The oxygen sensors in your engine help to maintain the proper air to fuel ratio. When they malfunction, it can prevent your engine from adjusting the air/fuel mix when it should. The P0138 code tells you the voltage of oxygen sensor 2 is reading too high for an extended period of time.
The P0138 trouble code points you to the exact area of your engine where the problem’s occurring. This makes it easier to diagnose than many codes. A full diagnosis is still necessary, however, to isolate whether the problem comes from the sensor itself, the wires around it, or somewhere else in the exhaust system.
If your vehicle is giving you a P0138 trouble code, you should fix it before it causes further engine damage. Read on below to learn more about what this code means and how to address it.
P0138 Code Definition
P0138 Code Definition (Generic): O2 oxygen sensor circuit high voltage (bank 1, sensor 2)
P0138 Ford Code Definition: O2 sensor circuit high voltage bank 1 sensor 2
P0138 Jeep Code Definition: O2 sensor ½ circuit high
P0138 Nissan Code Definition: H02S12 circuit high voltage
P0138 Toyota Code Definition: Oxygen sensor circuit high voltage bank 1 sensor 2
What Does P0138 Mean?
The mix of air to fuel in your engine has to be maintained at 14.7:1 for the cylinders in the engine to fire correctly. There are a few components in your engine dedicated to ensuring this mix is maintained correctly. Key among them are the catalytic converter and the oxygen sensors.
There are two oxygen sensors in your system. The upstream oxygen sensor is labeled as sensor 1, and its input is used by the powertrain control model (PCM) to adjust the mix to be leaner (more air) or richer (more fuel). The downstream oxygen sensor is labeled as sensor 2. It measures the vapors coming out of the catalytic converter to verify it’s functioning correctly.
The voltage of reading of the downstream oxygen sensor changes based on the air to fuel ratio. If it’s correct, the sensor should read about .45 volts. A reading over 1.2 volts indicates the exhaust stream is too rich.
If this goes on for too long, the P0138 trouble code activates. The exact length of time varies from one model to the next. It can vary from as little as 10 seconds to as long as 4 minutes.
What Are The Symptoms Of The P0138 Code?
You may not notice any drivability symptoms with the P0138 OBD2 code. If you do, they’re likely to be fairly mild. The most common symptoms include:
- Activation of the check engine light
- Lean engine operation
- Reduced fuel economy
- Engine idles rough
- Smell of gasoline from the exhaust
What Are The Causes Of P0138?
- Faulty oxygen sensor
- Shorted or corroded wiring around the oxygen sensor
- Short in the oxygen sensor signal circuit
- High fuel pressure (less likely)
How Serious Is The P0138 Code?
Driving with the P0138 code active for a long span of time could lead to damage of the internal components of the engine. While you can drive your car for a short while, you should make repairs as soon as possible.
How To Diagnose The P0138 Code
Tools You’ll Need:
- Turn the key on without starting your engine. Use the OBD2 scanner to read the live data from all the terminals of both oxygen sensors. Compare the upstream data with the downstream readings. They should be very similar, with a slightly lower oxygen reading from oxygen sensor 2.
- Visually inspect the downstream oxygen sensor for build-up or contaminants. Leaked oil or coolant can impair the sensor’s operation.
- Test oxygen sensor 2 using a digital multimeter. It should read around .3 volts as a reference signal.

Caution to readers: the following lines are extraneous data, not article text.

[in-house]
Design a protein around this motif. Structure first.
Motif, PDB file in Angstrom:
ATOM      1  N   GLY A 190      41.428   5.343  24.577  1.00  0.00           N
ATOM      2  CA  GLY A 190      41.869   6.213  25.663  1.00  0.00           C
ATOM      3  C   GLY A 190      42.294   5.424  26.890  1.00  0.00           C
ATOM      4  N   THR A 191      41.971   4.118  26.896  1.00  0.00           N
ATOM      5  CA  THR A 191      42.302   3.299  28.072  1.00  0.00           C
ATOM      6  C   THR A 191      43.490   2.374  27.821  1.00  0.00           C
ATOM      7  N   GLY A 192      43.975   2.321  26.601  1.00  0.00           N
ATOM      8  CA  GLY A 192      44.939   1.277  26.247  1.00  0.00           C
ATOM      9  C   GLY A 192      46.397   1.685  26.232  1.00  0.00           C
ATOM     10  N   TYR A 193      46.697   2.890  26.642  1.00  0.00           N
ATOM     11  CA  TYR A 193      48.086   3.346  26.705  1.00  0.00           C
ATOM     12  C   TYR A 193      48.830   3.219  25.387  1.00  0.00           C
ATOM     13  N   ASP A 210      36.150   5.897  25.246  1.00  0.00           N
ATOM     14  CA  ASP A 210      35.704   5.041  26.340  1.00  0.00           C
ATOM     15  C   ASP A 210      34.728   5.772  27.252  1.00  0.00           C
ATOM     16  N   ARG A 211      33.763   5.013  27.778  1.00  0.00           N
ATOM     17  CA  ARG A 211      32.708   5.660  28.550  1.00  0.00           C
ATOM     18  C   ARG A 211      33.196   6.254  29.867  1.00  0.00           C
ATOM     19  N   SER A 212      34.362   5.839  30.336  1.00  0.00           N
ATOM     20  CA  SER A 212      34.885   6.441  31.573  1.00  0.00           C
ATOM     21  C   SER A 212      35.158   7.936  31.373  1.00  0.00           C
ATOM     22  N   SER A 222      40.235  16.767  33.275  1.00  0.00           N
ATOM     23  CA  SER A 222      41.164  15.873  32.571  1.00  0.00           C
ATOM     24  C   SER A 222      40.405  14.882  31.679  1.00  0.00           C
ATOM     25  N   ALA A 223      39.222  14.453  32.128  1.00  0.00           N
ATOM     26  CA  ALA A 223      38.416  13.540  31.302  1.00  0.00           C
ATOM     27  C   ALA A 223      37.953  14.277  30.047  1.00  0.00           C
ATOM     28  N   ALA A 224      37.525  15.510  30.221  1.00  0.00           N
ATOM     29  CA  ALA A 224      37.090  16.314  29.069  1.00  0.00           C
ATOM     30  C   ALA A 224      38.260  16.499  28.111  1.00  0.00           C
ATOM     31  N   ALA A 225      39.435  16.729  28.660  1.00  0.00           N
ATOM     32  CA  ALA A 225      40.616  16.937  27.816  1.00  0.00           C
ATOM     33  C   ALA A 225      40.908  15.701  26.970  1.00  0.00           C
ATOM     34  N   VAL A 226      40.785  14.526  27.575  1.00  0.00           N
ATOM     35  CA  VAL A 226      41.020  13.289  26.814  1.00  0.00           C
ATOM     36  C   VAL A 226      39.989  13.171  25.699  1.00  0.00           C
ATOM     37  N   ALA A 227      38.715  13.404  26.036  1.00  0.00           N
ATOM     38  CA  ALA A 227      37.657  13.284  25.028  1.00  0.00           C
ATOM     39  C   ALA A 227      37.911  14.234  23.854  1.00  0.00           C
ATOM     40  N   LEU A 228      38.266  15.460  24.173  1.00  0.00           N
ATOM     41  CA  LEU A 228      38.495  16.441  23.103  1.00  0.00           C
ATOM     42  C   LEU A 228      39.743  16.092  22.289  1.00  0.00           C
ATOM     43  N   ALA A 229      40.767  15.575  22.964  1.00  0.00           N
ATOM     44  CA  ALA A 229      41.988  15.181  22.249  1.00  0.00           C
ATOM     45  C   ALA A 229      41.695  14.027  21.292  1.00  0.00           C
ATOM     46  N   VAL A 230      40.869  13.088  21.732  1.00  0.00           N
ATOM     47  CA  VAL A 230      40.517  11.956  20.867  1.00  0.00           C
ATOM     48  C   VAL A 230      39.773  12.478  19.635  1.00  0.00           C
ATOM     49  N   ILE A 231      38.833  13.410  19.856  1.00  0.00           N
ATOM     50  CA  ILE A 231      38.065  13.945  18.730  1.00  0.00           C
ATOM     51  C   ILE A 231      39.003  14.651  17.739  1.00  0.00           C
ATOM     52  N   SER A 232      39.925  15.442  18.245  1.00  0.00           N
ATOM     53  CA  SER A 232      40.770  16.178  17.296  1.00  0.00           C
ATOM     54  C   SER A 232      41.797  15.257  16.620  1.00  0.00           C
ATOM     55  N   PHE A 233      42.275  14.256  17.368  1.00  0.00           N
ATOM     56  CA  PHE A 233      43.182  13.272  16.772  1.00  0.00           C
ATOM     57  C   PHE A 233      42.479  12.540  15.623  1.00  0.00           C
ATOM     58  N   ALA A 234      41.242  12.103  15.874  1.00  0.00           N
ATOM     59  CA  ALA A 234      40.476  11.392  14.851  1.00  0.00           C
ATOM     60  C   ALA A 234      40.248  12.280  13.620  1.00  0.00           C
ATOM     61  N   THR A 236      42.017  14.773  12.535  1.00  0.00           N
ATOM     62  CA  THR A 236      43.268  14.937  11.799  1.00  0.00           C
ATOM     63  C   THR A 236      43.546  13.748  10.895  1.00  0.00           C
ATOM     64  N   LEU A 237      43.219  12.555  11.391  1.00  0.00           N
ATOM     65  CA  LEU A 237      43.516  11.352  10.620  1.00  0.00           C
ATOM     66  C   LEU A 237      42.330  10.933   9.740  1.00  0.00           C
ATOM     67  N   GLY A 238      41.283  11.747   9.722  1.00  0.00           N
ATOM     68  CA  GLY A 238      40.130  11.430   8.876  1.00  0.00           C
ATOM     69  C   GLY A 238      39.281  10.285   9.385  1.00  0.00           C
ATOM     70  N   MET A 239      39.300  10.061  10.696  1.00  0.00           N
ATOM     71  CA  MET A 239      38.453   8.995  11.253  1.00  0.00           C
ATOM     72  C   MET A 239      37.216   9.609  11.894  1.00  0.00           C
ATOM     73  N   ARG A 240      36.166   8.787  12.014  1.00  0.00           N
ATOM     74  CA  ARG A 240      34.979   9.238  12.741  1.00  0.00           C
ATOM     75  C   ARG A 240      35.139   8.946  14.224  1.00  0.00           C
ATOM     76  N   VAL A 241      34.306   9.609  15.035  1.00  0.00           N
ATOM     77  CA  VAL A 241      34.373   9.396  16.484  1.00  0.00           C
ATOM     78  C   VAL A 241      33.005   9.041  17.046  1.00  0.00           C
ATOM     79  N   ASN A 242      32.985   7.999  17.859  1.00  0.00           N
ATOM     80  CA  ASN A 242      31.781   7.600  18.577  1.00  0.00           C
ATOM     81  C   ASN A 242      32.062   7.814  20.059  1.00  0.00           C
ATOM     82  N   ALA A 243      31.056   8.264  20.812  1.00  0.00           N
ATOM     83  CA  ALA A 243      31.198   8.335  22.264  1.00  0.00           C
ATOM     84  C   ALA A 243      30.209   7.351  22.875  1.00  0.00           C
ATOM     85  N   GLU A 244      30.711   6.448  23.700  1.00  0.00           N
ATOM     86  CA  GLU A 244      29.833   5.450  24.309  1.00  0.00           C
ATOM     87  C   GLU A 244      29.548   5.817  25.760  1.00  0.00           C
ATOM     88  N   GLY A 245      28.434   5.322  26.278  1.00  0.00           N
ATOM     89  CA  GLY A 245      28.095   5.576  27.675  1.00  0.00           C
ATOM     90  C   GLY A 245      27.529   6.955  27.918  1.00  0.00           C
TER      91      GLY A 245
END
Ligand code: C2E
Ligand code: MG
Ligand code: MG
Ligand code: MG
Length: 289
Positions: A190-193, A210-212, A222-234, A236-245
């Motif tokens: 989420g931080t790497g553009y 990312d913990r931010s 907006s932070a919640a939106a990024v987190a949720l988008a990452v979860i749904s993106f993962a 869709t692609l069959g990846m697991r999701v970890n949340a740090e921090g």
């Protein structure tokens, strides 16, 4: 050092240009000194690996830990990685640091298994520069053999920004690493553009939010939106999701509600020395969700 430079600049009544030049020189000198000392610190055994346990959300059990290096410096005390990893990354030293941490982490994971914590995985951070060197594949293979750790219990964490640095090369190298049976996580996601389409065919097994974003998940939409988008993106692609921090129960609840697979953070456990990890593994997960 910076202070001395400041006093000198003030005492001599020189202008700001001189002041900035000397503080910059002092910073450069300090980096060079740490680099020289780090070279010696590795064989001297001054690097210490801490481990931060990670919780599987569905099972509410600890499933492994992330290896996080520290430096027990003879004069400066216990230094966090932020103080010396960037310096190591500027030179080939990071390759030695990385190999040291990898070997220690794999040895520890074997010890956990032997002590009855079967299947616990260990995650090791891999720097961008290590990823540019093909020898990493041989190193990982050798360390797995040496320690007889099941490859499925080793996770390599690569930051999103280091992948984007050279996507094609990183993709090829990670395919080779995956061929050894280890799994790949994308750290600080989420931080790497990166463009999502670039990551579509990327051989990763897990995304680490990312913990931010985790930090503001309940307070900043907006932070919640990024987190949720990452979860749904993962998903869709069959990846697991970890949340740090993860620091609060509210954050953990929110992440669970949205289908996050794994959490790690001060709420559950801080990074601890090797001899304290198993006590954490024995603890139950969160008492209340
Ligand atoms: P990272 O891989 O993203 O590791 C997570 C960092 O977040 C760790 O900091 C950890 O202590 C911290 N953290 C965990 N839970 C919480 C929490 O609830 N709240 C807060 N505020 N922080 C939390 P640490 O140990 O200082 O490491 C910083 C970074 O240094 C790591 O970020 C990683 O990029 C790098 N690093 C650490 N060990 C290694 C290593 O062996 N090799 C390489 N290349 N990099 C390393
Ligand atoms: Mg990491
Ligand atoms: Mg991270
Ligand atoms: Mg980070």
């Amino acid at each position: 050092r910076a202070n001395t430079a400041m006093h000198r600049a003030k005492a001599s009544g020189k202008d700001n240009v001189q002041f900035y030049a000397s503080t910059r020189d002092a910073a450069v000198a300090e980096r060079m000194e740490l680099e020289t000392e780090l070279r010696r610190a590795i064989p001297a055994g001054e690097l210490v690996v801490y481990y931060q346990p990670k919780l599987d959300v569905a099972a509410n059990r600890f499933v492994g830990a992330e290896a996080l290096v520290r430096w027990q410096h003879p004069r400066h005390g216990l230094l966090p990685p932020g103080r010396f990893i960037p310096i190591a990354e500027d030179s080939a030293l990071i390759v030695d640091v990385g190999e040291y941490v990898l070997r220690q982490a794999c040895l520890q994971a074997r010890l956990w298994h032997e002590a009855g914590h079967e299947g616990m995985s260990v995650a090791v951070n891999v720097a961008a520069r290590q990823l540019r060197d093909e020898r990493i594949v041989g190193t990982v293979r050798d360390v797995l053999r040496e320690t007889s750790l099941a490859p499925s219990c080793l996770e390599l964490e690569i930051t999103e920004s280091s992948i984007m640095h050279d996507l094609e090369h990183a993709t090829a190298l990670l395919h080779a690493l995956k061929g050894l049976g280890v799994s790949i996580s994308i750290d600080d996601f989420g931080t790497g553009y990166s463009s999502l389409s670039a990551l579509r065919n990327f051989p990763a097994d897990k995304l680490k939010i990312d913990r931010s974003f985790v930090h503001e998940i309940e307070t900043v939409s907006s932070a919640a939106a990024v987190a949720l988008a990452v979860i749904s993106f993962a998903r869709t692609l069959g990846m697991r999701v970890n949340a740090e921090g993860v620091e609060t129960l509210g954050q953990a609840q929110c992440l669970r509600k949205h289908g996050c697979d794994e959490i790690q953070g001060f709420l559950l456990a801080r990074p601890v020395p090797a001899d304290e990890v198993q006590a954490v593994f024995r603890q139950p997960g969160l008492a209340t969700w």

- Check the wiring around the downstream oxygen sensor for corrosion, damage, or loose connections. Replace and tighten as necessary.
- Visually inspect the exhaust system before the oxygen sensor for leaks.
- Use a vacuum gauge to test the catalytic converter. Turn your car on and put it in park (or neutral, in a manual transmission) then put on the parking brake. Remove the vacuum hose and connect the vacuum gauge to the port. Start your car and let the engine idle until it reaches operating temperature. The gauge should read 18-22 Hg. Increase the RPMs. The vacuum reading should briefly drop then return to its earlier reading. If it doesn’t, the catalytic converter is likely clogged.
- Visually inspect the exhaust pipes for damage.
Common Mistakes To Avoid While Diagnosing The P0138 Code
Make sure you check the components around the oxygen sensor rather than assuming the sensor itself is the problem. A short in the wiring or clogged catalytic converter can also lead to a sustained over-rich mixture. Conduct a full diagnosis before you replace anything.
What Should You Do To Fix The Code P0138?
- Repair any leaks damaged wires you find during your diagnosis.
- Clean the downstream oxygen sensor and the surrounding connections if you observed any build-up or spills during your diagnosis. Ensure all connections are secure once it’s reinstalled.
- If the catalytic converter fails the test in step 5 of the diagnosis, cleaning it will likely remove the clog. You can buy catalytic converter from most auto parts stores. Use it following the directions on the bottle.
- Clear the codes and test drive your car. If the P0138 trouble code comes back, replace the downstream oxygen sensor.
- If this still doesn’t clear the code, there may be a more serious issue with either your catalytic converter or your internal electrical system. Take your car to a mechanic for further diagnosis.
Tips To Avoid P0138 In The Future
Clogs in the exhaust system can lead to a variety of different engine ailments. The easiest way to prevent clogs is to stay on top of changing your car’s fluids and other preventative maintenance. You can also avoid damage to the oxygen sensor by preventing leaks in the tubes and passages around it.